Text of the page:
Thank you, Chairman Sarbanes, for the invitation to testify this morning, and for holding this important hearing. The anti-money laundering provisions of the USA PATRIOT Act that were enacted last October were a model of bipartisan and bicameral cooperation. I salute you, Mr. Chairman, Senator Gramm, your colleagues on the Committee, and my fellow panelists for a job well done.
In the three months since we were together in the East Room of the White House to watch President Bush sign the USA PATRIOT Act into law, we have seen a number of successes in the financial war on terrorism. The Bush administration has pursued an aggressive strategy of blocking and freezing suspected terrorist funds, including closing down “hawalas” in cities across the country. The administration has also been active on the international front, working with Interpol and other governments to hammer out agreements and protocols that will facilitate greater cooperation on terrorist financing issues.
The Treasury Department and other financial regulators are off to an impressive start in writing the rules to implement the new law. As you know, Mr. Chairman, one of our primary goals in the PATRIOT Act was to extend the anti-money laundering regime to segments of the financial services industry that had not previously been fully enlisted in the effort. I was pleased that among the first regulations rolled out by the regulators were rules to apply Suspicious Activity Reporting requirements to securities broker-dealers and so-called money service businesses. By standardizing regulation and leveling the playing field among different industry groups, we also close possible loopholes that terrorists and other criminals are only too happy to exploit.
I also want to commend the administration for its announcement last week that the President’s 2003 budget will contain increased funding for the Financial Crimes Enforcement Network (FinCEN), which the PATRIOT Act elevated from agency to bureau status, and which has a critical role to play in supporting law enforcement efforts to track and seize terrorist assets.
The financial services industry has been asked to do a lot in the wake of 9/11, including responding to a blizzard of requests for information from law enforcement authorities and making significant (and costly) adjustments to internal operating procedures. The industry will be asked to do a lot more as regulatory implementation of the new anti-money laundering provisions gathers speed. This could be one of the financial services industry’s finest hours, as it rises to the challenge of shutting down the channels used by terrorists.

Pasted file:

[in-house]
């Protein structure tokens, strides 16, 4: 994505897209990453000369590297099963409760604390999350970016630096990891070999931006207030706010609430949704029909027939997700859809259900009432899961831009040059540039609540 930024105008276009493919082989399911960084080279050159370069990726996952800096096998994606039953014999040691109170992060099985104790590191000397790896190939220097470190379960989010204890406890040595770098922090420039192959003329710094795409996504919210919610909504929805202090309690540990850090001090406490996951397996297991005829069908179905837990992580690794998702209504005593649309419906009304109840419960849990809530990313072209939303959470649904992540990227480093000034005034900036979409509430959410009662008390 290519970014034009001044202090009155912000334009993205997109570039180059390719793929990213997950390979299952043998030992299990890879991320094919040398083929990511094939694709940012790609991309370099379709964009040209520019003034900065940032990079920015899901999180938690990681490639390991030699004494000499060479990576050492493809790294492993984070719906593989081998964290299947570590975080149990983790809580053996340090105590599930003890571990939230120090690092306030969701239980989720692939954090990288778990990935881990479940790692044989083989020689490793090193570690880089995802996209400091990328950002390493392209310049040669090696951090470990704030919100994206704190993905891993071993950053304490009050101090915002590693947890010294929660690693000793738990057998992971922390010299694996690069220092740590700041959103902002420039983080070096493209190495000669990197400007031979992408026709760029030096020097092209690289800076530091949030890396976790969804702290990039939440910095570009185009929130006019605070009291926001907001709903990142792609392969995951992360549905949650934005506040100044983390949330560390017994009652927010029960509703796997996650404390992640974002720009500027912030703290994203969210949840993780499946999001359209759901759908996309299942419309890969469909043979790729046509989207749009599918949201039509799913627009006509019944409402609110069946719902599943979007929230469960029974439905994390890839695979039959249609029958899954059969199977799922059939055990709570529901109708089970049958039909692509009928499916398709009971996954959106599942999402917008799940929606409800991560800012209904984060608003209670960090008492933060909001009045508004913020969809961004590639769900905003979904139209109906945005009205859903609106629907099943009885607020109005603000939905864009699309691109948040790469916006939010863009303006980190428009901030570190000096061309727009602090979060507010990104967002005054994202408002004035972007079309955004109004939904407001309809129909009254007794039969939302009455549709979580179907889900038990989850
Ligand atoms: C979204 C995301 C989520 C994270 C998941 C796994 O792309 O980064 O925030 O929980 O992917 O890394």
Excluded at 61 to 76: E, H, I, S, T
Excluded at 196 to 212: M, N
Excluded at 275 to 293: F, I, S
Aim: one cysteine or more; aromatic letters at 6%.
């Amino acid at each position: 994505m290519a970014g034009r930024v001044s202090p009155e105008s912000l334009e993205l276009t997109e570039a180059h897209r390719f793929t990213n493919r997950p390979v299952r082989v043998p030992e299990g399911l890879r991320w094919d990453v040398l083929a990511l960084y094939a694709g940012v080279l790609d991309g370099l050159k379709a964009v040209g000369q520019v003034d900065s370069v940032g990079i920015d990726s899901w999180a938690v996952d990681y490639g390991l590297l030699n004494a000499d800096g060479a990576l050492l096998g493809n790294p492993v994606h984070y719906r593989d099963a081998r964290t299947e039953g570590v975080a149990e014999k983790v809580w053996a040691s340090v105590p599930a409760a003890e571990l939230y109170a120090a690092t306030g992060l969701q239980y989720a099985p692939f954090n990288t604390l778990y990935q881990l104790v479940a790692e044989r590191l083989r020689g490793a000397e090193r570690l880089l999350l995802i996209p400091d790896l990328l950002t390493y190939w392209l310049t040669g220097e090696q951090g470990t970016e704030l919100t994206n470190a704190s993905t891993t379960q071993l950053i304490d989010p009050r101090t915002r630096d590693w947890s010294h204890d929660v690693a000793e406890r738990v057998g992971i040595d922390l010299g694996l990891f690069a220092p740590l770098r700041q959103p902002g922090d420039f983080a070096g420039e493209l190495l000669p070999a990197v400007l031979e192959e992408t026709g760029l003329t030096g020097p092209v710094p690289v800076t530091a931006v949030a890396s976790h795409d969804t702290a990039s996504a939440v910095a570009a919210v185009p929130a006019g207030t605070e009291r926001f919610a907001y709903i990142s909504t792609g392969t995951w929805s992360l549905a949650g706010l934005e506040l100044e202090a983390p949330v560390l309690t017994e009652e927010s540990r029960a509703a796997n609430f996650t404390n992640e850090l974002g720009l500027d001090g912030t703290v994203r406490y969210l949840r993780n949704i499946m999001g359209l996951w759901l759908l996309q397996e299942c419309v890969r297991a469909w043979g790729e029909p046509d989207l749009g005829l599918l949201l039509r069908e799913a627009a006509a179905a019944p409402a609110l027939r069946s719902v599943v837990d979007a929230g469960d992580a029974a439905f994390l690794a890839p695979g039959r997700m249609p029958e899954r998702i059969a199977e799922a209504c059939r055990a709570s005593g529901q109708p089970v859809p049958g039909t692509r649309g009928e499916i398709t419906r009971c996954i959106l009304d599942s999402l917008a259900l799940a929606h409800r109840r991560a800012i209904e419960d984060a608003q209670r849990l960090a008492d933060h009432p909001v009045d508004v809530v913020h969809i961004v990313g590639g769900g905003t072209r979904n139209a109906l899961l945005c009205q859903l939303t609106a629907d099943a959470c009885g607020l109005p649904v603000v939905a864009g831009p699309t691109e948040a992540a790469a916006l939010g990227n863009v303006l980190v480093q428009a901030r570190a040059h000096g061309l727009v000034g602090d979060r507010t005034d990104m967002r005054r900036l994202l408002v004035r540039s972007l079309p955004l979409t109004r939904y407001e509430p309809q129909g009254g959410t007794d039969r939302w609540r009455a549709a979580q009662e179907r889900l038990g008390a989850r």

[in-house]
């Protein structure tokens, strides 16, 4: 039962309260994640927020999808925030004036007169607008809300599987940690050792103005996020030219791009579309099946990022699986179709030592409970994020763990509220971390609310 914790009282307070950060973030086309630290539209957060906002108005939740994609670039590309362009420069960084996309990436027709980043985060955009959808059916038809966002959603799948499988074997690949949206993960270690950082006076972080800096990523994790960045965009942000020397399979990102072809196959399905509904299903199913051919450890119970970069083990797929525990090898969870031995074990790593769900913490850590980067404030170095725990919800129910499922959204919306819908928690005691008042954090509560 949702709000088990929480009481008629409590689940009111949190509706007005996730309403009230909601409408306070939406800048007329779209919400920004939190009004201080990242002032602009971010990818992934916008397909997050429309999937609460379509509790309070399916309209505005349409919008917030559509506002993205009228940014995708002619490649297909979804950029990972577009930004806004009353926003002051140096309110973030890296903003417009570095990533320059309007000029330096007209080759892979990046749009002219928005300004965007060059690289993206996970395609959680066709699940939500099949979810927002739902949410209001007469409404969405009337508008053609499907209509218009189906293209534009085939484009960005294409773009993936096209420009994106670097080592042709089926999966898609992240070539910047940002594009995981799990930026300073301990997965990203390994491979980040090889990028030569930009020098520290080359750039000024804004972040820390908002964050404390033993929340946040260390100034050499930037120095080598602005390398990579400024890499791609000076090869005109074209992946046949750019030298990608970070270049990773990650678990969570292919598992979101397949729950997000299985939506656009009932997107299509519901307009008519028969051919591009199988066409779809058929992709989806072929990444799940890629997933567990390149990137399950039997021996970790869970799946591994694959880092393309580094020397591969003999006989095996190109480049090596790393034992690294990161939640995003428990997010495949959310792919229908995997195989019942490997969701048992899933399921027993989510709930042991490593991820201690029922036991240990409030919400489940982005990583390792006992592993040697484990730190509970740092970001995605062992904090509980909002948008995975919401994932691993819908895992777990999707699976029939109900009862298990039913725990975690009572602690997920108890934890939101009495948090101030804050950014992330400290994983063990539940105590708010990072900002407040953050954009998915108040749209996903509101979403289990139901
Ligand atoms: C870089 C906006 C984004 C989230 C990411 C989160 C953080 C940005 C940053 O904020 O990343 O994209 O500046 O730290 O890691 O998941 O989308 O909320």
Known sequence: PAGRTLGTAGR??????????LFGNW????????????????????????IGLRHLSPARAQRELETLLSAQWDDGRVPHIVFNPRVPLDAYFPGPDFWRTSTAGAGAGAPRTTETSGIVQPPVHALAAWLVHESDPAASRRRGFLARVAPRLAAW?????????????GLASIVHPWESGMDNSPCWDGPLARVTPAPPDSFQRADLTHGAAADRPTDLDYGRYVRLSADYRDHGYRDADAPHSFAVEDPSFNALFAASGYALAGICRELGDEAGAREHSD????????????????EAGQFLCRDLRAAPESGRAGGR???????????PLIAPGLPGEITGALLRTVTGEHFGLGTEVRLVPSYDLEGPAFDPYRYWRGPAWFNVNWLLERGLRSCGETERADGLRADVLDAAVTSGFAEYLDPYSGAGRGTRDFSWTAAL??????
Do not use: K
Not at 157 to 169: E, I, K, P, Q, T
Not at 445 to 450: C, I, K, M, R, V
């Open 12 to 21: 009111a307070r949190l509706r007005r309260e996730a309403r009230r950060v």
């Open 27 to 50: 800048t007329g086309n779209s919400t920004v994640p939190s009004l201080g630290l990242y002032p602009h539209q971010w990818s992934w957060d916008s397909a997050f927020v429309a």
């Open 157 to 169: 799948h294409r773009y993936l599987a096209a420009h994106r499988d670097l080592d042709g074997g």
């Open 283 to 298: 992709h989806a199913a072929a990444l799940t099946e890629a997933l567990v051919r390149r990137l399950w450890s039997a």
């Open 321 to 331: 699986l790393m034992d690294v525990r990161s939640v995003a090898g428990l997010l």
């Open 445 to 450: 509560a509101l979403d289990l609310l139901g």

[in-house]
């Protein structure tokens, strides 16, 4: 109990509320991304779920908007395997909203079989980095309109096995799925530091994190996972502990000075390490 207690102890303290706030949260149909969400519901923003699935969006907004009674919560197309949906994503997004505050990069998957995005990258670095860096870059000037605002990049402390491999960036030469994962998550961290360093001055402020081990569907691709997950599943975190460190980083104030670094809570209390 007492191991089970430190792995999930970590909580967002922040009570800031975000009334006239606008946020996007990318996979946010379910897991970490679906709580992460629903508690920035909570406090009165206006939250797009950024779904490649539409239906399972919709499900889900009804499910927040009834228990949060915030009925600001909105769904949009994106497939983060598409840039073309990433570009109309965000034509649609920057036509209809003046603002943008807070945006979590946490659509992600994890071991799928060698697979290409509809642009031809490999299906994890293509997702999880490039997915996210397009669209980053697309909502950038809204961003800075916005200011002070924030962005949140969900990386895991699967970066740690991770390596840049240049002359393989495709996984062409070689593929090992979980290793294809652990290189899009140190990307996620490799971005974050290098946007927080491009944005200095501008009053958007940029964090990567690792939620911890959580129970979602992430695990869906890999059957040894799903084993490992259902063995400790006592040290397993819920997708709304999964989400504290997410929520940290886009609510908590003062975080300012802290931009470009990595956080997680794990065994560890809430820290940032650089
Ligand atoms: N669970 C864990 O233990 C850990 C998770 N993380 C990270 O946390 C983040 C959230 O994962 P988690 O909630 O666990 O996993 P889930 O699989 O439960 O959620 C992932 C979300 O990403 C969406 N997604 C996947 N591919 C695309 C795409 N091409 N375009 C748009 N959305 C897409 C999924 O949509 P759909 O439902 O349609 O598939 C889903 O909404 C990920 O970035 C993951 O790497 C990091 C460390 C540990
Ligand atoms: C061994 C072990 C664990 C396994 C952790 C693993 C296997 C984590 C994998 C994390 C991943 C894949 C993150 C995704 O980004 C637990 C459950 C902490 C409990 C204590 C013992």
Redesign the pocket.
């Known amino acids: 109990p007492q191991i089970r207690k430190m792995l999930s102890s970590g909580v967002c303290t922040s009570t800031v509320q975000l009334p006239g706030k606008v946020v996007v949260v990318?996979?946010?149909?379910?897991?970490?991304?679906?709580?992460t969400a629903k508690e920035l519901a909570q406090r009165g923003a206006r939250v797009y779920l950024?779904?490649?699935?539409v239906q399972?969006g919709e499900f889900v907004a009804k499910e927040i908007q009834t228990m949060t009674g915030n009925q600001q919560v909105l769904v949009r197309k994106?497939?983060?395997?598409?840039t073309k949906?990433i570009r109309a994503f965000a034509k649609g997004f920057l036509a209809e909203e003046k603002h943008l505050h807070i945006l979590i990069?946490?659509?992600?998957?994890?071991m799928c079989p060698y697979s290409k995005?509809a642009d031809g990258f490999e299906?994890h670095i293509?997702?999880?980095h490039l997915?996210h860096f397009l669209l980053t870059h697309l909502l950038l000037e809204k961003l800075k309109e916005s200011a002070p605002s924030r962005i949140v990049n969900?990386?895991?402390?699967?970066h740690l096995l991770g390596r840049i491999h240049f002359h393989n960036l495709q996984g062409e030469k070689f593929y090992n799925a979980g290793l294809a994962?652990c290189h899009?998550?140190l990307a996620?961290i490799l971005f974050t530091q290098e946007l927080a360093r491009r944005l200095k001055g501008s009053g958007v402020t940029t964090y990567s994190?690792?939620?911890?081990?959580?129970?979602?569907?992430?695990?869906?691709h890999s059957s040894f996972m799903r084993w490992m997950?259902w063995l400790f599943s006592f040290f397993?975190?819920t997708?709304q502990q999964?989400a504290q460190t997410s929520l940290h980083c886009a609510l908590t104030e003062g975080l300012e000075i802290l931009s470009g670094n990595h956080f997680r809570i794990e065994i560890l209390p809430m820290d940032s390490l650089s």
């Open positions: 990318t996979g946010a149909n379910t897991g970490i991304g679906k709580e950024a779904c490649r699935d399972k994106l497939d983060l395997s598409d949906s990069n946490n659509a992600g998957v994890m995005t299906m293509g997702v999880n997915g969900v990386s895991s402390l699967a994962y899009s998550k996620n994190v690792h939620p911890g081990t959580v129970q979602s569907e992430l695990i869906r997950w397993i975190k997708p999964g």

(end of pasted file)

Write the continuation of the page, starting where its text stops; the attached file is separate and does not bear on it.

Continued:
As proud as we are of our legislative achievement, none of us has any illusions that Title III of the USA PATRIOT Act is the last word, or that we can afford to rest on our laurels in the fight against terrorism. The one thing we can least afford is complacency.
This hearing is the first of what I’m sure will be many efforts in both the House and Senate to exercise rigorous oversight of regulatory implementation of the PATRIOT Act, to ensure that deadlines are met and congressional intent is followed. We need to know from Treasury what parts of the new law are working well, and what parts aren’t. As ongoing investigations proceed and additional intelligence is gathered in al Qaeda’s former haunts in Afghanistan and elsewhere, we will undoubtedly learn things about the methods that terrorists use to move money through the international financial system that could serve as the basis for future legislative efforts.
Previous investigations suggest that one of the techniques favored by terrorists in financing their operations is credit card fraud. This underscores the importance of the work that Senator Levin and others are doing to determine the potential money laundering vulnerabilities associated with credit cards, which we know are used extensively in Internet gambling and to transact business through unregulated offshore secrecy havens. At a minimum, credit card associations should be required to implement anti-money laundering programs, as mandated for all financial institutions in the PATRIOT Act.
Finally, I will be paying particular attention – as I know industry is – to regulatory implementation of the provision in the PATRIOT Act requiring financial institutions to verify the identity of those who attempt to open accounts with them. The provision imposes legal obligations not only on financial institutions to verify the identity of account-holders, but also on customers to supply institutions with accurate, truthful information.
Let me close by thanking you once again, Chairman Sarbanes, for allowing me to appear this
morning. I look forward to working with you and the other members of this committee as we
rededicate ourselves to the absolutely essential task of starving the terrorists of the funds needed to
commit their acts of evil.
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